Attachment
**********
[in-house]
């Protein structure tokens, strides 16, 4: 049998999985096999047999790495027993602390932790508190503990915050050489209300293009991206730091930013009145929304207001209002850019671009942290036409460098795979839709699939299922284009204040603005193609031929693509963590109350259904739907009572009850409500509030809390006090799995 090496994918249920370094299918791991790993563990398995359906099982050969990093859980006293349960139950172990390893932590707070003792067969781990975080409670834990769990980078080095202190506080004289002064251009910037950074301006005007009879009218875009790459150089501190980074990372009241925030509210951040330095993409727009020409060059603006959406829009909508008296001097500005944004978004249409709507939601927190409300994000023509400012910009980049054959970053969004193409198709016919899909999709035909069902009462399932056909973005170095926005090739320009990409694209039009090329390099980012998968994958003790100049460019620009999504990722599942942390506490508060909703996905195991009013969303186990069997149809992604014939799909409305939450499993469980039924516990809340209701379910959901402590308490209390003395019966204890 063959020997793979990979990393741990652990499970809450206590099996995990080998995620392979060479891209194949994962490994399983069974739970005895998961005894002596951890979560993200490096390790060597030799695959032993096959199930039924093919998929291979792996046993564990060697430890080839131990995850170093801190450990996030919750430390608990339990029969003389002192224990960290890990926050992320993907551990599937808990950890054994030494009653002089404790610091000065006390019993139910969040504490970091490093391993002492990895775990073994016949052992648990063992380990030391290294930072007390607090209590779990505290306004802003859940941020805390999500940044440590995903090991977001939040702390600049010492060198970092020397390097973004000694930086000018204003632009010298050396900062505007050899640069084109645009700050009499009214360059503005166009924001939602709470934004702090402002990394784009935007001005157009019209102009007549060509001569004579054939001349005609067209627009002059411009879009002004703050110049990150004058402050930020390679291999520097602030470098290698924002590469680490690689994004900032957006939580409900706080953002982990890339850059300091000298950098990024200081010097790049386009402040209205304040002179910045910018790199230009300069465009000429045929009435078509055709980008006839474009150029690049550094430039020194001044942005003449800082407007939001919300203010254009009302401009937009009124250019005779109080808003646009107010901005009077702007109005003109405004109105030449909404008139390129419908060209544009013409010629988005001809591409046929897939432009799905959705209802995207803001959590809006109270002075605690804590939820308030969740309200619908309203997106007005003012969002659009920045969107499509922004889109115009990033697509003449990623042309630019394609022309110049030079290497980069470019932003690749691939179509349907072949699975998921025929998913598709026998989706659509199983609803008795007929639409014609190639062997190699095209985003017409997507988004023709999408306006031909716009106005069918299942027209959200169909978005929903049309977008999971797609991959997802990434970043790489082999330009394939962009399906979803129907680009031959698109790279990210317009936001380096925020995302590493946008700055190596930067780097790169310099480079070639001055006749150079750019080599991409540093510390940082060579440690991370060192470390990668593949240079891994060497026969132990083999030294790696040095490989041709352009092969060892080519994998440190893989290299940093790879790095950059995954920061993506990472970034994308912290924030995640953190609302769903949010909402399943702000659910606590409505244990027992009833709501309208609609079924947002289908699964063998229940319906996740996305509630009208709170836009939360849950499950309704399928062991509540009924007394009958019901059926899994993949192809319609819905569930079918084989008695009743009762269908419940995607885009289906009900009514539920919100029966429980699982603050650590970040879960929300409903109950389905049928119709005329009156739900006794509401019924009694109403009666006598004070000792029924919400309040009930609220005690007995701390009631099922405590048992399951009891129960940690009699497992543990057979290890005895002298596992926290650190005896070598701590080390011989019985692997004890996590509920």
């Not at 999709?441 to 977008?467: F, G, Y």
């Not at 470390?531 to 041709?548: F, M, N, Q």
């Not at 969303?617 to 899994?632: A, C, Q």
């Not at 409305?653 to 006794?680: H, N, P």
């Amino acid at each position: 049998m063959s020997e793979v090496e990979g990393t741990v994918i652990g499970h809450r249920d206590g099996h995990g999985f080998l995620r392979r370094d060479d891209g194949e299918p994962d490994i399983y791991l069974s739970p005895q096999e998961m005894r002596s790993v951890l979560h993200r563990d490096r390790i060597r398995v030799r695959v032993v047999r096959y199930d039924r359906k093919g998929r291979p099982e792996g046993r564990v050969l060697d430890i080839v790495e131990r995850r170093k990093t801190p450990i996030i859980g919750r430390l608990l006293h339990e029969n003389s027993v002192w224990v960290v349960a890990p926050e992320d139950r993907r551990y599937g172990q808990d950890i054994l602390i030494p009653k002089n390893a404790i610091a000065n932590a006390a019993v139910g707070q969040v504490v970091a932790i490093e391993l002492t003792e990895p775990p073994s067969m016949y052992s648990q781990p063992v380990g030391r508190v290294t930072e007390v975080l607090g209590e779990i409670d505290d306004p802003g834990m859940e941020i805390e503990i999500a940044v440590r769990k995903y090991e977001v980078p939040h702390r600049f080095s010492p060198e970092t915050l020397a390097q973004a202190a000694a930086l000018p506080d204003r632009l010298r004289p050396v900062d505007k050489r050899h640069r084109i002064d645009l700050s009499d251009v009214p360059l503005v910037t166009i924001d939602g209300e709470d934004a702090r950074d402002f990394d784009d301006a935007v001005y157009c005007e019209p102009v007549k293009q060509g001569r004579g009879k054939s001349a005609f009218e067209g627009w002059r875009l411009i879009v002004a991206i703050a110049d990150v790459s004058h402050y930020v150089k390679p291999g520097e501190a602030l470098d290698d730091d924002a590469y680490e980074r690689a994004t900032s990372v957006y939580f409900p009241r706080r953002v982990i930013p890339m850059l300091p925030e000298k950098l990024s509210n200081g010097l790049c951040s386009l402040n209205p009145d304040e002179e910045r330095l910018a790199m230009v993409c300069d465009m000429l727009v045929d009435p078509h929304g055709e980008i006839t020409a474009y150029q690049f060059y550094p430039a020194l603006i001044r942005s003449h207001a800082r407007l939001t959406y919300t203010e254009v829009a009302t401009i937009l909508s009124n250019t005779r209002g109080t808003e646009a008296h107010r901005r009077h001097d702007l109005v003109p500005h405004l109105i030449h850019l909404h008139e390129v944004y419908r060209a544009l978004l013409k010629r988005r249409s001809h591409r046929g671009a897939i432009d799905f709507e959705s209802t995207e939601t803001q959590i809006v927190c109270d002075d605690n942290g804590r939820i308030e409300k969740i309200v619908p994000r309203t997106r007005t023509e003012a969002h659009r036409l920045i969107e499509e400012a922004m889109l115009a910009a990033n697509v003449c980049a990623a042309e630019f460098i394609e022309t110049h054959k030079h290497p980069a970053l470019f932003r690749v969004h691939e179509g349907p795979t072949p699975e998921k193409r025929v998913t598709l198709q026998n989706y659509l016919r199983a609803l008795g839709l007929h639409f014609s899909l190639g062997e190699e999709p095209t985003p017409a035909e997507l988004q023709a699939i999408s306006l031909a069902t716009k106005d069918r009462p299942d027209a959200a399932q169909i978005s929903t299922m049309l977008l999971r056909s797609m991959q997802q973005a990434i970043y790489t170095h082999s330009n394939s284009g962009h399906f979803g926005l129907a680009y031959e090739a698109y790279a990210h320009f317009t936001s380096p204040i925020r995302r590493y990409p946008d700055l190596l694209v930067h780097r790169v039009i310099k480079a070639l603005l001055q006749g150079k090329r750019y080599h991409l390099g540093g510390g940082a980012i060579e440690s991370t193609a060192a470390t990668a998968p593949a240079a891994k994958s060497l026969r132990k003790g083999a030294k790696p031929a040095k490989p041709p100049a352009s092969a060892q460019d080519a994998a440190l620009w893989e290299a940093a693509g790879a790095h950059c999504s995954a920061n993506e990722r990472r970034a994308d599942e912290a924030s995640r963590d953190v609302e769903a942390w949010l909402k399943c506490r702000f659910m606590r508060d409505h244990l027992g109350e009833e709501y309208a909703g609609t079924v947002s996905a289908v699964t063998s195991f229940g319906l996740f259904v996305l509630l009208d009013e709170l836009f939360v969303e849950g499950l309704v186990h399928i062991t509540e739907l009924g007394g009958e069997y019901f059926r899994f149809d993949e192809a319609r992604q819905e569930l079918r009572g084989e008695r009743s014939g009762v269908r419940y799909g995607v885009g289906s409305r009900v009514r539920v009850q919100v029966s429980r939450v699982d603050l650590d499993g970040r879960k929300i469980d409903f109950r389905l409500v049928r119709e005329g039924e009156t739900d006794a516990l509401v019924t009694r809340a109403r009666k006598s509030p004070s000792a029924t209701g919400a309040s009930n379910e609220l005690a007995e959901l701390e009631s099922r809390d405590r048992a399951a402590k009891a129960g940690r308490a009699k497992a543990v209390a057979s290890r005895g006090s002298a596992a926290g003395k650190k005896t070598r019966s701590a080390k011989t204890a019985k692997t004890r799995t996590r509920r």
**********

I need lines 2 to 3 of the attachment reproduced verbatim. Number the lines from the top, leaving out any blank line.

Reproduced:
């Protein structure tokens, strides 16, 4: 049998999985096999047999790495027993602390932790508190503990915050050489209300293009991206730091930013009145929304207001209002850019671009942290036409460098795979839709699939299922284009204040603005193609031929693509963590109350259904739907009572009850409500509030809390006090799995 090496994918249920370094299918791991790993563990398995359906099982050969990093859980006293349960139950172990390893932590707070003792067969781990975080409670834990769990980078080095202190506080004289002064251009910037950074301006005007009879009218875009790459150089501190980074990372009241925030509210951040330095993409727009020409060059603006959406829009909508008296001097500005944004978004249409709507939601927190409300994000023509400012910009980049054959970053969004193409198709016919899909999709035909069902009462399932056909973005170095926005090739320009990409694209039009090329390099980012998968994958003790100049460019620009999504990722599942942390506490508060909703996905195991009013969303186990069997149809992604014939799909409305939450499993469980039924516990809340209701379910959901402590308490209390003395019966204890 063959020997793979990979990393741990652990499970809450206590099996995990080998995620392979060479891209194949994962490994399983069974739970005895998961005894002596951890979560993200490096390790060597030799695959032993096959199930039924093919998929291979792996046993564990060697430890080839131990995850170093801190450990996030919750430390608990339990029969003389002192224990960290890990926050992320993907551990599937808990950890054994030494009653002089404790610091000065006390019993139910969040504490970091490093391993002492990895775990073994016949052992648990063992380990030391290294930072007390607090209590779990505290306004802003859940941020805390999500940044440590995903090991977001939040702390600049010492060198970092020397390097973004000694930086000018204003632009010298050396900062505007050899640069084109645009700050009499009214360059503005166009924001939602709470934004702090402002990394784009935007001005157009019209102009007549060509001569004579054939001349005609067209627009002059411009879009002004703050110049990150004058402050930020390679291999520097602030470098290698924002590469680490690689994004900032957006939580409900706080953002982990890339850059300091000298950098990024200081010097790049386009402040209205304040002179910045910018790199230009300069465009000429045929009435078509055709980008006839474009150029690049550094430039020194001044942005003449800082407007939001919300203010254009009302401009937009009124250019005779109080808003646009107010901005009077702007109005003109405004109105030449909404008139390129419908060209544009013409010629988005001809591409046929897939432009799905959705209802995207803001959590809006109270002075605690804590939820308030969740309200619908309203997106007005003012969002659009920045969107499509922004889109115009990033697509003449990623042309630019394609022309110049030079290497980069470019932003690749691939179509349907072949699975998921025929998913598709026998989706659509199983609803008795007929639409014609190639062997190699095209985003017409997507988004023709999408306006031909716009106005069918299942027209959200169909978005929903049309977008999971797609991959997802990434970043790489082999330009394939962009399906979803129907680009031959698109790279990210317009936001380096925020995302590493946008700055190596930067780097790169310099480079070639001055006749150079750019080599991409540093510390940082060579440690991370060192470390990668593949240079891994060497026969132990083999030294790696040095490989041709352009092969060892080519994998440190893989290299940093790879790095950059995954920061993506990472970034994308912290924030995640953190609302769903949010909402399943702000659910606590409505244990027992009833709501309208609609079924947002289908699964063998229940319906996740996305509630009208709170836009939360849950499950309704399928062991509540009924007394009958019901059926899994993949192809319609819905569930079918084989008695009743009762269908419940995607885009289906009900009514539920919100029966429980699982603050650590970040879960929300409903109950389905049928119709005329009156739900006794509401019924009694109403009666006598004070000792029924919400309040009930609220005690007995701390009631099922405590048992399951009891129960940690009699497992543990057979290890005895002298596992926290650190005896070598701590080390011989019985692997004890996590509920």
């Not at 999709?441 to 977008?467: F, G, Y």